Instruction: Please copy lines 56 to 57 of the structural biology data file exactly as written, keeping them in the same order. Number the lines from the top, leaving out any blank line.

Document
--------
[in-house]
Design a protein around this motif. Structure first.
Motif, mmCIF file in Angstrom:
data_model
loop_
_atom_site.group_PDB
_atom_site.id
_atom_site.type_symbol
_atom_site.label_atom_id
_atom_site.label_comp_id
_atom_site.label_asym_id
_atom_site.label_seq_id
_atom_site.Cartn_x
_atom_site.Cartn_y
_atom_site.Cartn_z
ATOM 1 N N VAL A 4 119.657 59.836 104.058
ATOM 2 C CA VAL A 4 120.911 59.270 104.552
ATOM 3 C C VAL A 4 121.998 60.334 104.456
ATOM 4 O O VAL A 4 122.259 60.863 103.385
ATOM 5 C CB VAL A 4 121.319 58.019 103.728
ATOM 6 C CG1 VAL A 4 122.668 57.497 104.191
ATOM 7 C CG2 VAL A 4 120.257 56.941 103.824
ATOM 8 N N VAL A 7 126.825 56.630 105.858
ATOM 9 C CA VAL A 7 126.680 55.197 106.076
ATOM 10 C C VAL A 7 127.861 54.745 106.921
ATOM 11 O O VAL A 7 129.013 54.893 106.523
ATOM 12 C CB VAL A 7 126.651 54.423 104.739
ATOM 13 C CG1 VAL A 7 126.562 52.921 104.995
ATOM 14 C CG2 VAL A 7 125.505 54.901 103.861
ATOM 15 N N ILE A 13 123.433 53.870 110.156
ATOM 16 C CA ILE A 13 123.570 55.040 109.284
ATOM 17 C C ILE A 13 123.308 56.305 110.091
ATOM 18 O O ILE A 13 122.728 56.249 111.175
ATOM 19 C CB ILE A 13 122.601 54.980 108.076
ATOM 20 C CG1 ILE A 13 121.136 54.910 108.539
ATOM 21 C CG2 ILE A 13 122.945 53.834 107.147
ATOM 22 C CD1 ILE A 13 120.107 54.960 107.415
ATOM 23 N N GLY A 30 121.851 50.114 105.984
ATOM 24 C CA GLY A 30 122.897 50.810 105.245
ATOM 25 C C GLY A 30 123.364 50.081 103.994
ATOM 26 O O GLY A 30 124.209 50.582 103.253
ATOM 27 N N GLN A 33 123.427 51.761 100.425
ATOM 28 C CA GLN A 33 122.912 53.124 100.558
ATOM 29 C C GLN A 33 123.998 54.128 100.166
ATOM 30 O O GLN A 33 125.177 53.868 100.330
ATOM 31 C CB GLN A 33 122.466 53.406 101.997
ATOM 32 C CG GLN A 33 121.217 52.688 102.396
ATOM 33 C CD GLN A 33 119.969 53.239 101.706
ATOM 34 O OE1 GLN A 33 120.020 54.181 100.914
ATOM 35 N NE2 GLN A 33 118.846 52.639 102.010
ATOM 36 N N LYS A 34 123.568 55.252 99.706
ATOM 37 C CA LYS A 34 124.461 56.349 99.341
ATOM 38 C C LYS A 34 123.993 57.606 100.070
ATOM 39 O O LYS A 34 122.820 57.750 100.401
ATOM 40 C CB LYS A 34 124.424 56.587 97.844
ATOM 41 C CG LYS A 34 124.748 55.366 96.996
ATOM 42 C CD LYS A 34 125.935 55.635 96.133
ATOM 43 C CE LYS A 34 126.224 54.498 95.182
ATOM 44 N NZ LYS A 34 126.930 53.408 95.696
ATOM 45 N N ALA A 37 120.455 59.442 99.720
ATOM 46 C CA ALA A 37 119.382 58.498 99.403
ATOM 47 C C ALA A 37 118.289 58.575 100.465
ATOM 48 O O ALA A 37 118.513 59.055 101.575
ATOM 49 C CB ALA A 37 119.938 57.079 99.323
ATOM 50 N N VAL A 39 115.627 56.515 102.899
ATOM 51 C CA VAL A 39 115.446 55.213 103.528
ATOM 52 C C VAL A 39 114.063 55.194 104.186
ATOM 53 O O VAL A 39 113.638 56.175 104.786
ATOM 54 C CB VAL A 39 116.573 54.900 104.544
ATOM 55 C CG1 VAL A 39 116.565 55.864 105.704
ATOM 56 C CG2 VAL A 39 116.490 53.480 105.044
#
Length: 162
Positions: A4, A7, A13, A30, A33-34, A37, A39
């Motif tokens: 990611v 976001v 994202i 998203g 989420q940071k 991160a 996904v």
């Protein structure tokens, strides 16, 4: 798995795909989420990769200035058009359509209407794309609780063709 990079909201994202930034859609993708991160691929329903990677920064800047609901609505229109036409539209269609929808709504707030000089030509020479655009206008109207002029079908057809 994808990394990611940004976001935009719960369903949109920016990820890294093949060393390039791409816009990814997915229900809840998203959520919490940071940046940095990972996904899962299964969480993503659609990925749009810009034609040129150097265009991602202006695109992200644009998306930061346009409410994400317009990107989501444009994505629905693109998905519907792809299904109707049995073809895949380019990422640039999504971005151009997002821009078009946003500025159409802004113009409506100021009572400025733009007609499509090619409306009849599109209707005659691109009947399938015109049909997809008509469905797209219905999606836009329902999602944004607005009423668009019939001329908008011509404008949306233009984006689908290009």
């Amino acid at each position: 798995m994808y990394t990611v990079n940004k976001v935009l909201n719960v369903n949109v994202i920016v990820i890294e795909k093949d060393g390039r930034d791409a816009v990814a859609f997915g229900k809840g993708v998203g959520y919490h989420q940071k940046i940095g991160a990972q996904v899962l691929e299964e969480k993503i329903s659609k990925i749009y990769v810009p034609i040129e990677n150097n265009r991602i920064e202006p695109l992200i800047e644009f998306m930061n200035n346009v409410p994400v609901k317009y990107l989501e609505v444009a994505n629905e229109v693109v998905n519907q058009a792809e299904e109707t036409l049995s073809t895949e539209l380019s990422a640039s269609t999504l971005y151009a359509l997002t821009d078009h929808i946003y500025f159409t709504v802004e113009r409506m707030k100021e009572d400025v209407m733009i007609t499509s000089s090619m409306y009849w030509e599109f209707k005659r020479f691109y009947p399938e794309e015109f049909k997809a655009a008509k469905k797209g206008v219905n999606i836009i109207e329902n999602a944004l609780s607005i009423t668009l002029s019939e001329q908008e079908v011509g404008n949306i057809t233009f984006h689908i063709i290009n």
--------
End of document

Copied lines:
ATOM 41 C CG LYS A 34 124.748 55.366 96.996
ATOM 42 C CD LYS A 34 125.935 55.635 96.133